This jam is now over. It ran from 2019-02-10 00:00:00 to 2019-02-17 23:59:59. View 18 entries
History can often feel like something given, reportage on overarching events that people only stand on the margins of, occasionally able to identify a point of reference that touched their own life. “Making history” is seen as an exceptional accomplishment, only available to people who have a lucky confluence of certain talents, resources, visibility, and are in the right place at the right time. And history itself is presented as both unchangeable, inevitably finalized by the passage of time, and directly causative of our present.
The position we give history serves to obscure the fact that it is constructed, repeated, and reconstructed by people, that its perspectives can be expanded, challenged, and changed for a fuller understanding of the present. One place this is especially urgent and true is the history of videogames. When it’s written down, or transformed into exhibitions, documentary films, and other media, this history mostly tends to trace a series of commercially successful home consoles separated by their technological upgrades, sometimes with an analogous, but comparatively minor, story about what PCs, mobile games, and arcades were also doing at the time.
To present this history as a linear progression where videogames simply became more technologically advanced and therefore impressive, experiments or dead ends have to be trimmed, and incorporating personal experience beyond identifying popular characters and franchises that will most likely be re-sold to us through collections and legacy IP is discouraged. People who make and talk about games are presumed to be working from the same set of references, which can lead to a narrow set of possibilities. History is repeated, but only in part. Alternately, I think everyone who plays videogames has something to add to the collective history of the form which doesn’t fit into this structure, and a lot can be gained from treating yourself as a living source, writing and sharing this perspective.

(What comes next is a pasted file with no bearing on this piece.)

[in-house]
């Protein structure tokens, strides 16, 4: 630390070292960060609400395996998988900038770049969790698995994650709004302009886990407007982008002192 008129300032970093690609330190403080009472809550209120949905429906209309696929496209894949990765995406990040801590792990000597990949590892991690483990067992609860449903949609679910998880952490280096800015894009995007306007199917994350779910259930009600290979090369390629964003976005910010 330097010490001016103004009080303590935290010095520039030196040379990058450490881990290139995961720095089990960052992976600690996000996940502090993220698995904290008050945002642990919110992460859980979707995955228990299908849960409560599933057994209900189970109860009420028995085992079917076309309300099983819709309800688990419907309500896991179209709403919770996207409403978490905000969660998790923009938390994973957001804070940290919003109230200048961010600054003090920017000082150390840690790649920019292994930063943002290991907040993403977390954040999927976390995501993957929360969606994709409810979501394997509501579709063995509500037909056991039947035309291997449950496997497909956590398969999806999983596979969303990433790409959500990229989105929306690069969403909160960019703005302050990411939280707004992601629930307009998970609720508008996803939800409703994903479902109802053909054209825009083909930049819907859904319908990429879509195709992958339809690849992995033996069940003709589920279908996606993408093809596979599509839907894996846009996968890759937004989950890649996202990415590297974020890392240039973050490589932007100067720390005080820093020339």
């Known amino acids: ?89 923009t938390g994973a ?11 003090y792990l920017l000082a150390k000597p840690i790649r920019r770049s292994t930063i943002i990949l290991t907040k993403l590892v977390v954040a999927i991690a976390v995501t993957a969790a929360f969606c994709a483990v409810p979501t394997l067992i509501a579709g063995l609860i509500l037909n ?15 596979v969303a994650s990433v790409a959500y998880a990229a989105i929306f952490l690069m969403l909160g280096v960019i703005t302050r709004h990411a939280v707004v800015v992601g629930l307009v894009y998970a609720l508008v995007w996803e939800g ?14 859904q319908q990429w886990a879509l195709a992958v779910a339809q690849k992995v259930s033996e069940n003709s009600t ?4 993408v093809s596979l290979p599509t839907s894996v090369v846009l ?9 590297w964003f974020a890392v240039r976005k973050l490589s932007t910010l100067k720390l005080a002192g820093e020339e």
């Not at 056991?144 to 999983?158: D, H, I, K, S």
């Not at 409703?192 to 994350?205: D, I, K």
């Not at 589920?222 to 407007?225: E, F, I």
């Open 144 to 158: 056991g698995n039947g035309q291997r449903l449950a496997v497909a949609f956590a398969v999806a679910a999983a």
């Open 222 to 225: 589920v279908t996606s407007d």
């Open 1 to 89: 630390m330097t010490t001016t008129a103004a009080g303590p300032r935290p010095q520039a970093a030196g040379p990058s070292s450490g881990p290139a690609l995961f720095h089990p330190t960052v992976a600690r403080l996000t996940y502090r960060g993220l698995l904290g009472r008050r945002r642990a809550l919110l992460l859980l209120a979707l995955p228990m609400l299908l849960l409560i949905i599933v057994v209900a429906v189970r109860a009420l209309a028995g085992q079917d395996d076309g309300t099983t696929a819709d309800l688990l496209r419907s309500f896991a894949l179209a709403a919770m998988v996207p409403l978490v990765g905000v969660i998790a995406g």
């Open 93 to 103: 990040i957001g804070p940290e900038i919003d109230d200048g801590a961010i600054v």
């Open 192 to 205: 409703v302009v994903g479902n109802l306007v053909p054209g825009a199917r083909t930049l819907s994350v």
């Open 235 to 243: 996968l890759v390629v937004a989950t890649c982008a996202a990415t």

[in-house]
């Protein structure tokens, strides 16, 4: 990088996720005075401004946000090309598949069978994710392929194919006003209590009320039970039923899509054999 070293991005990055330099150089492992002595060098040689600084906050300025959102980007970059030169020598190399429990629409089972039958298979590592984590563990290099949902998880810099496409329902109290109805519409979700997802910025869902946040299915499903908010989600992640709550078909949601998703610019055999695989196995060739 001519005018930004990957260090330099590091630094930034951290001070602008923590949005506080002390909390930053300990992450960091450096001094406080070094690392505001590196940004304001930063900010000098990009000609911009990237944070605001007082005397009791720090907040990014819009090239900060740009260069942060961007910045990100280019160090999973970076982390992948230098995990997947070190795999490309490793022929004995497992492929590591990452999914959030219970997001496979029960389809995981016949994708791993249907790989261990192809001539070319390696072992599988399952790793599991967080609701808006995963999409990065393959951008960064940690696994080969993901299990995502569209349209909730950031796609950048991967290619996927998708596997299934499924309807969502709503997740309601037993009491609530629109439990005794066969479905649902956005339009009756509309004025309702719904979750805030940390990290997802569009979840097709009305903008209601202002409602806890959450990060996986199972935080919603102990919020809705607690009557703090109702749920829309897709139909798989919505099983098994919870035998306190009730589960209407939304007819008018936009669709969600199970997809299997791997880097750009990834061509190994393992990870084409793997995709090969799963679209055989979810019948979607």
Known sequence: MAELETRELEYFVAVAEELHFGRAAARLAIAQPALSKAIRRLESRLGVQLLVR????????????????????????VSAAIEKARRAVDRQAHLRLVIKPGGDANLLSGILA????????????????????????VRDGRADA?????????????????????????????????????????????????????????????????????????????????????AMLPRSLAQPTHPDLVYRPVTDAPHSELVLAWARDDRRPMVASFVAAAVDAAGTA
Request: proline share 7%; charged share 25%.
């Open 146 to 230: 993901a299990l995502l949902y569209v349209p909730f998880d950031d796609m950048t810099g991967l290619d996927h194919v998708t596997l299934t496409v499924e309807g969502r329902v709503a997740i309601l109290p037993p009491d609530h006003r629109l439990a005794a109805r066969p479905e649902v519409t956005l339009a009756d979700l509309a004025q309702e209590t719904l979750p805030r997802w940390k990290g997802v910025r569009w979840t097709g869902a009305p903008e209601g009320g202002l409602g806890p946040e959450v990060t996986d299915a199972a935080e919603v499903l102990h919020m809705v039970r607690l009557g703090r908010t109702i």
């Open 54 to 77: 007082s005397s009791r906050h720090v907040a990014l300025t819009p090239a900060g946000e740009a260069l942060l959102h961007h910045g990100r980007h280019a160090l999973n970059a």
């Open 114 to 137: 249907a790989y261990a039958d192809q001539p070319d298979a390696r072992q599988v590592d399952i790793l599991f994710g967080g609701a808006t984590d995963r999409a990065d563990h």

Just think about it, what was something specific to the way that you played or experienced videogames that you feel like hardly anyone ever talks about? How can the community-based, experiential, specific, overlooked and personal enrich the common-knowledge history of videogames?
Like the Visual Essay Jam in 2017, and the Manifesto Jam in 2018, this jam is primarily focused on a type of writing with the goal to shake up typical positions and presumptions from which we make, play, write about and discuss videogames. However, personal histories can take a huge variety of forms, so this jam is also open to a variety of formats, including zines, small games, and illustration.
Need some examples?
These are just some of many possible examples of how to capture overlooked videogames through personal histories, though writing tends to be the most straightforward for me. Regardless, the only requirements for this jam are to start brainstorming now, work on your project during the week of February 10th through 17th, and post some form of it to the jam page. Good luck, and I can’t wait to see what we uncover!
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